"A Deadly Penance" is a historical mystery set in 1203 in England. This novel is the sixth in the series, but you don't need to read the previous novels to understand or enjoy this one. This book did not spoil any of the previous mysteries in the series.
The story was written using more formal language and many "big" words. The author also assumed that the reader knew the meaning of several terms related to the castle and medieval weaponry. While each shop in town was described in detail (more than was really needed), the castle wasn't. Though I have a good knowledge of castles and the time period, I was never really able to work out how this castle was laid out. The story was rich with historical detail, sometimes to the point of briefly slowing the pacing.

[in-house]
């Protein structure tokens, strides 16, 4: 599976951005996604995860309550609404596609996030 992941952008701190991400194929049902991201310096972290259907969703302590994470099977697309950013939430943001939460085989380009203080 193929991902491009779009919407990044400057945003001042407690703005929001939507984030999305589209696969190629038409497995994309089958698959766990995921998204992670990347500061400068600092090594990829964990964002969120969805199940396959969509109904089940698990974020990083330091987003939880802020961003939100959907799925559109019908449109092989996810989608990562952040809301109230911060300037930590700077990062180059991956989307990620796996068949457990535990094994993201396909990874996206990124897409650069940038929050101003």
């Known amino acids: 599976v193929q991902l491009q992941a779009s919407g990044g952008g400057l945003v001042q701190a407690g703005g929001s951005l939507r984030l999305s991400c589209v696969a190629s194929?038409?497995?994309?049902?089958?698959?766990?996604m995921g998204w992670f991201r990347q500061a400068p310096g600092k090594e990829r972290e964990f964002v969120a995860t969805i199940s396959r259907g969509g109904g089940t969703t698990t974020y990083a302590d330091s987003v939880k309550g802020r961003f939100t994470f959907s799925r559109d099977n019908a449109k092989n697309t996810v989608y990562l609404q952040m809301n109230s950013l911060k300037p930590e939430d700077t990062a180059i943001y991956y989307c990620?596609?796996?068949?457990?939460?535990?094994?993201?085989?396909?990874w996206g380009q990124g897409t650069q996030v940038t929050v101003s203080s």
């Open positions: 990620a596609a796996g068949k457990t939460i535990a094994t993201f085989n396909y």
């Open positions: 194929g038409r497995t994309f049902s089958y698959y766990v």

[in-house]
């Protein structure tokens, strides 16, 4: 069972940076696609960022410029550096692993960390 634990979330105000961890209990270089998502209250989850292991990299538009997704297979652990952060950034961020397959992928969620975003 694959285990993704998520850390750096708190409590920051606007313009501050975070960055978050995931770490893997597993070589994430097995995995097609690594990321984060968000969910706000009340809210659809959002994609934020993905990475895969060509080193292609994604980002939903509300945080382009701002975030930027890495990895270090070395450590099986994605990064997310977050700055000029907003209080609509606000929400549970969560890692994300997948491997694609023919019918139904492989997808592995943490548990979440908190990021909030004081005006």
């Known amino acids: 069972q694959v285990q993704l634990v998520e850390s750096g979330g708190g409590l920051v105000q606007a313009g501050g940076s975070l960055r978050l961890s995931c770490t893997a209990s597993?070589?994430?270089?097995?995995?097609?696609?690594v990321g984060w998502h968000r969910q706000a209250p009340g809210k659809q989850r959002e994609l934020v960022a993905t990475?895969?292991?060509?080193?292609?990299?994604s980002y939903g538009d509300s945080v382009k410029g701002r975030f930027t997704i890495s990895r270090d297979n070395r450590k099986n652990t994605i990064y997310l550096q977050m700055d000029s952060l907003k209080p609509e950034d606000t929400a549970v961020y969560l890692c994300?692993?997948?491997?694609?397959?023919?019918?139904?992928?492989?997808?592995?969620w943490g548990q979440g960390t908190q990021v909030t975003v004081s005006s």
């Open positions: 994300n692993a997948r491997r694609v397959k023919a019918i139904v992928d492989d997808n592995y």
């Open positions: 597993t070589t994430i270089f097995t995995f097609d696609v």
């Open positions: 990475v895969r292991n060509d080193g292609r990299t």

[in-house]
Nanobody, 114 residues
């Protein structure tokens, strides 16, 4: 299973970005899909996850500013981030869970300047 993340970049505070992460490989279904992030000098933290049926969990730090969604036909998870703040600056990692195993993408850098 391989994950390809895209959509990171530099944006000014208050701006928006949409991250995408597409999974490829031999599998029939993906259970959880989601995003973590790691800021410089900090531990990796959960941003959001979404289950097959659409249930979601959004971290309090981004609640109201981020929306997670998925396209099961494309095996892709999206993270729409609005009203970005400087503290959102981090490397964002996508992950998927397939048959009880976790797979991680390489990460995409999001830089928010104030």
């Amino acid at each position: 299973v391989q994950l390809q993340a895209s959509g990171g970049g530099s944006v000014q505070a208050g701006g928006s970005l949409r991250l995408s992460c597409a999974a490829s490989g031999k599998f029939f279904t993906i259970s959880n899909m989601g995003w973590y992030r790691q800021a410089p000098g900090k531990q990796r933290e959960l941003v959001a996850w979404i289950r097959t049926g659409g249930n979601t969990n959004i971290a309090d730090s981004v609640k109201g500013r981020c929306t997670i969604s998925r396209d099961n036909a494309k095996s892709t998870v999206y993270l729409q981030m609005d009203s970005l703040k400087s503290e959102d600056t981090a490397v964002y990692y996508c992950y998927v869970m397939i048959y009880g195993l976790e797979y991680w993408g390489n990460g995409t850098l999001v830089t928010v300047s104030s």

However, I liked the characters (though we don't get to "know" any of them very well), and they reacted realistically to the situations. I also enjoyed the mystery. Bascot was determined in his search, and the solution was discovered by carefully following up every clue.
For most of the story, I didn't even bother to guess whodunit because the clues slowly build up and the answer wasn't obvious. But we're given enough clues that I was able to correctly guess whodunit and why the murder was committed shortly before Bascot put it all together correctly. Others reading the story with me came up with the solution (with a slight, incorrect, variation on it) at about the same time I did. Personally, I think that's the mark of a good mystery.
There were no sex scenes. (The story started with two lovers, but there was no body-part touching described below the face.) There was a very minor amount of "he cussed" style of bad language. Overall, I'd recommend this interesting and clever mystery to those who have a large vocabulary.
I received this book as a review copy from the publisher.